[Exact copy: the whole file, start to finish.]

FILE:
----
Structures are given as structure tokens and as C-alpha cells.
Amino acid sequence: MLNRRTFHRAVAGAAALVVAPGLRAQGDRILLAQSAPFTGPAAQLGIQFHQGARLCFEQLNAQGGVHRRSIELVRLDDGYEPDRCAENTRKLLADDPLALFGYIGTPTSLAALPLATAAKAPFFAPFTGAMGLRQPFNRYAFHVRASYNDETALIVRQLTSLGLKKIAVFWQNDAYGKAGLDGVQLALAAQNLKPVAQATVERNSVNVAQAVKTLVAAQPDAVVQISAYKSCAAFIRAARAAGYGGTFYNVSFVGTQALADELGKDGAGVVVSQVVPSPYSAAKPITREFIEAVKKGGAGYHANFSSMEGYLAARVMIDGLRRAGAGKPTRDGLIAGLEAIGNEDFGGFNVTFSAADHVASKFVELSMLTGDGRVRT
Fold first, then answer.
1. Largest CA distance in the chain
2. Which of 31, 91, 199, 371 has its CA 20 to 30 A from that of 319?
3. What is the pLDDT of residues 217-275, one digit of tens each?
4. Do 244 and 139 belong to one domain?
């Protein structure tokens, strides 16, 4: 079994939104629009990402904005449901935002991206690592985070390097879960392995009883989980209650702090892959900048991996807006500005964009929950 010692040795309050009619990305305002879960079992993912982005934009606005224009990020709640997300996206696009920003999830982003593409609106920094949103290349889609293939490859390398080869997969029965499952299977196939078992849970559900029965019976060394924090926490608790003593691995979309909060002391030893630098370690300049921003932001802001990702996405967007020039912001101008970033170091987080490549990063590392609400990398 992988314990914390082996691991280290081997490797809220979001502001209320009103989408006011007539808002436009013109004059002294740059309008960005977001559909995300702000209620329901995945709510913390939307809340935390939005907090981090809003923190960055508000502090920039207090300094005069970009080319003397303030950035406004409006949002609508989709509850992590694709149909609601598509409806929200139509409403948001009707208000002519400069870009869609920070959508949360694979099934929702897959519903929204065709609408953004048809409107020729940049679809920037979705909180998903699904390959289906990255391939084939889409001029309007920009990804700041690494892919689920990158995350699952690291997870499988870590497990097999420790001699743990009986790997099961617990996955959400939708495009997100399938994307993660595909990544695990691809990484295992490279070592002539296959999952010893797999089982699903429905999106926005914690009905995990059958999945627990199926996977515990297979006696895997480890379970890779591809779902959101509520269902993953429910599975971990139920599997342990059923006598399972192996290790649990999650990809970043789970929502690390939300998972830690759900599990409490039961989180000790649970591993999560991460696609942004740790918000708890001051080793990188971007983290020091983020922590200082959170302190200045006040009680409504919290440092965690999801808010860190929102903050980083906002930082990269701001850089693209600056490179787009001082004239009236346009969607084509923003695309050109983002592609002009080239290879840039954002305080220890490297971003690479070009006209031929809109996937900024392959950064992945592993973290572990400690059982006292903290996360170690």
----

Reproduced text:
Structures are given as structure tokens and as C-alpha cells.
Amino acid sequence: MLNRRTFHRAVAGAAALVVAPGLRAQGDRILLAQSAPFTGPAAQLGIQFHQGARLCFEQLNAQGGVHRRSIELVRLDDGYEPDRCAENTRKLLADDPLALFGYIGTPTSLAALPLATAAKAPFFAPFTGAMGLRQPFNRYAFHVRASYNDETALIVRQLTSLGLKKIAVFWQNDAYGKAGLDGVQLALAAQNLKPVAQATVERNSVNVAQAVKTLVAAQPDAVVQISAYKSCAAFIRAARAAGYGGTFYNVSFVGTQALADELGKDGAGVVVSQVVPSPYSAAKPITREFIEAVKKGGAGYHANFSSMEGYLAARVMIDGLRRAGAGKPTRDGLIAGLEAIGNEDFGGFNVTFSAADHVASKFVELSMLTGDGRVRT
Fold first, then answer.
1. Largest CA distance in the chain
2. Which of 31, 91, 199, 371 has its CA 20 to 30 A from that of 319?
3. What is the pLDDT of residues 217-275, one digit of tens each?
4. Do 244 and 139 belong to one domain?
């Protein structure tokens, strides 16, 4: 079994939104629009990402904005449901935002991206690592985070390097879960392995009883989980209650702090892959900048991996807006500005964009929950 010692040795309050009619990305305002879960079992993912982005934009606005224009990020709640997300996206696009920003999830982003593409609106920094949103290349889609293939490859390398080869997969029965499952299977196939078992849970559900029965019976060394924090926490608790003593691995979309909060002391030893630098370690300049921003932001802001990702996405967007020039912001101008970033170091987080490549990063590392609400990398 992988314990914390082996691991280290081997490797809220979001502001209320009103989408006011007539808002436009013109004059002294740059309008960005977001559909995300702000209620329901995945709510913390939307809340935390939005907090981090809003923190960055508000502090920039207090300094005069970009080319003397303030950035406004409006949002609508989709509850992590694709149909609601598509409806929200139509409403948001009707208000002519400069870009869609920070959508949360694979099934929702897959519903929204065709609408953004048809409107020729940049679809920037979705909180998903699904390959289906990255391939084939889409001029309007920009990804700041690494892919689920990158995350699952690291997870499988870590497990097999420790001699743990009986790997099961617990996955959400939708495009997100399938994307993660595909990544695990691809990484295992490279070592002539296959999952010893797999089982699903429905999106926005914690009905995990059958999945627990199926996977515990297979006696895997480890379970890779591809779902959101509520269902993953429910599975971990139920599997342990059923006598399972192996290790649990999650990809970043789970929502690390939300998972830690759900599990409490039961989180000790649970591993999560991460696609942004740790918000708890001051080793990188971007983290020091983020922590200082959170302190200045006040009680409504919290440092965690999801808010860190929102903050980083906002930082990269701001850089693209600056490179787009001082004239009236346009969607084509923003695309050109983002592609002009080239290879840039954002305080220890490297971003690479070009006209031929809109996937900024392959950064992945592993973290572990400690059982006292903290996360170690």